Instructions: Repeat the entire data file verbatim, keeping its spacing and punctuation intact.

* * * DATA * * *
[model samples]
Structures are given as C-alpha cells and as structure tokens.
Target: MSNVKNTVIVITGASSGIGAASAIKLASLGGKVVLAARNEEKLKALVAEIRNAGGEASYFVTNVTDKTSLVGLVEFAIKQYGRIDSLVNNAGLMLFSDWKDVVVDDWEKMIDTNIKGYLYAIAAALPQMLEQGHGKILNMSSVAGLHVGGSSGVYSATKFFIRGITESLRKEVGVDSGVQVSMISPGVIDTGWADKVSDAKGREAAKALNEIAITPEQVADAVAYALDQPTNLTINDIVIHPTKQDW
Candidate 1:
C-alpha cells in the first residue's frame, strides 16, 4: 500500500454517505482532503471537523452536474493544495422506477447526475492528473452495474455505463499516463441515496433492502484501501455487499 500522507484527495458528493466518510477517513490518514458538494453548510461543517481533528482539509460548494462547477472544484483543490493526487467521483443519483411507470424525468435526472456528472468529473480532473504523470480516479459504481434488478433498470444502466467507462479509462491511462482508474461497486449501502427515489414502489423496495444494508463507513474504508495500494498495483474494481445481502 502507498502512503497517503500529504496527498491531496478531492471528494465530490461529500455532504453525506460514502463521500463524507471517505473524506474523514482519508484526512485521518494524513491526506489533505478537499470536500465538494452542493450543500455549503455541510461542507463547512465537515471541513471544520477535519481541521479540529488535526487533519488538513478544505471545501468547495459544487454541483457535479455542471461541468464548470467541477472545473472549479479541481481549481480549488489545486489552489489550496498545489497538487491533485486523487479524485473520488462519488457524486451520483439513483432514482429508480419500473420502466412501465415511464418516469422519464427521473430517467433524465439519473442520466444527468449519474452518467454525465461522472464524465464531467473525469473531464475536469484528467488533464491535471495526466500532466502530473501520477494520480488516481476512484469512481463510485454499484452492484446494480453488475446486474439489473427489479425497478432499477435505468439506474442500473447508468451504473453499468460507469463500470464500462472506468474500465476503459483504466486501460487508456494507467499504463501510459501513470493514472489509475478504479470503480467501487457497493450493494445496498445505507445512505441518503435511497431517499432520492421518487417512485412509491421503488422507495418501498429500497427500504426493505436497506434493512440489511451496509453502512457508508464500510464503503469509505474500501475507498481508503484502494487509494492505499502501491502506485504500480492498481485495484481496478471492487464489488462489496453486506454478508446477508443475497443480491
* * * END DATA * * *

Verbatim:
[model samples]
Structures are given as C-alpha cells and as structure tokens.
Target: MSNVKNTVIVITGASSGIGAASAIKLASLGGKVVLAARNEEKLKALVAEIRNAGGEASYFVTNVTDKTSLVGLVEFAIKQYGRIDSLVNNAGLMLFSDWKDVVVDDWEKMIDTNIKGYLYAIAAALPQMLEQGHGKILNMSSVAGLHVGGSSGVYSATKFFIRGITESLRKEVGVDSGVQVSMISPGVIDTGWADKVSDAKGREAAKALNEIAITPEQVADAVAYALDQPTNLTINDIVIHPTKQDW
Candidate 1:
C-alpha cells in the first residue's frame, strides 16, 4: 500500500454517505482532503471537523452536474493544495422506477447526475492528473452495474455505463499516463441515496433492502484501501455487499 500522507484527495458528493466518510477517513490518514458538494453548510461543517481533528482539509460548494462547477472544484483543490493526487467521483443519483411507470424525468435526472456528472468529473480532473504523470480516479459504481434488478433498470444502466467507462479509462491511462482508474461497486449501502427515489414502489423496495444494508463507513474504508495500494498495483474494481445481502 502507498502512503497517503500529504496527498491531496478531492471528494465530490461529500455532504453525506460514502463521500463524507471517505473524506474523514482519508484526512485521518494524513491526506489533505478537499470536500465538494452542493450543500455549503455541510461542507463547512465537515471541513471544520477535519481541521479540529488535526487533519488538513478544505471545501468547495459544487454541483457535479455542471461541468464548470467541477472545473472549479479541481481549481480549488489545486489552489489550496498545489497538487491533485486523487479524485473520488462519488457524486451520483439513483432514482429508480419500473420502466412501465415511464418516469422519464427521473430517467433524465439519473442520466444527468449519474452518467454525465461522472464524465464531467473525469473531464475536469484528467488533464491535471495526466500532466502530473501520477494520480488516481476512484469512481463510485454499484452492484446494480453488475446486474439489473427489479425497478432499477435505468439506474442500473447508468451504473453499468460507469463500470464500462472506468474500465476503459483504466486501460487508456494507467499504463501510459501513470493514472489509475478504479470503480467501487457497493450493494445496498445505507445512505441518503435511497431517499432520492421518487417512485412509491421503488422507495418501498429500497427500504426493505436497506434493512440489511451496509453502512457508508464500510464503503469509505474500501475507498481508503484502494487509494492505499502501491502506485504500480492498481485495484481496478471492487464489488462489496453486506454478508446477508443475497443480491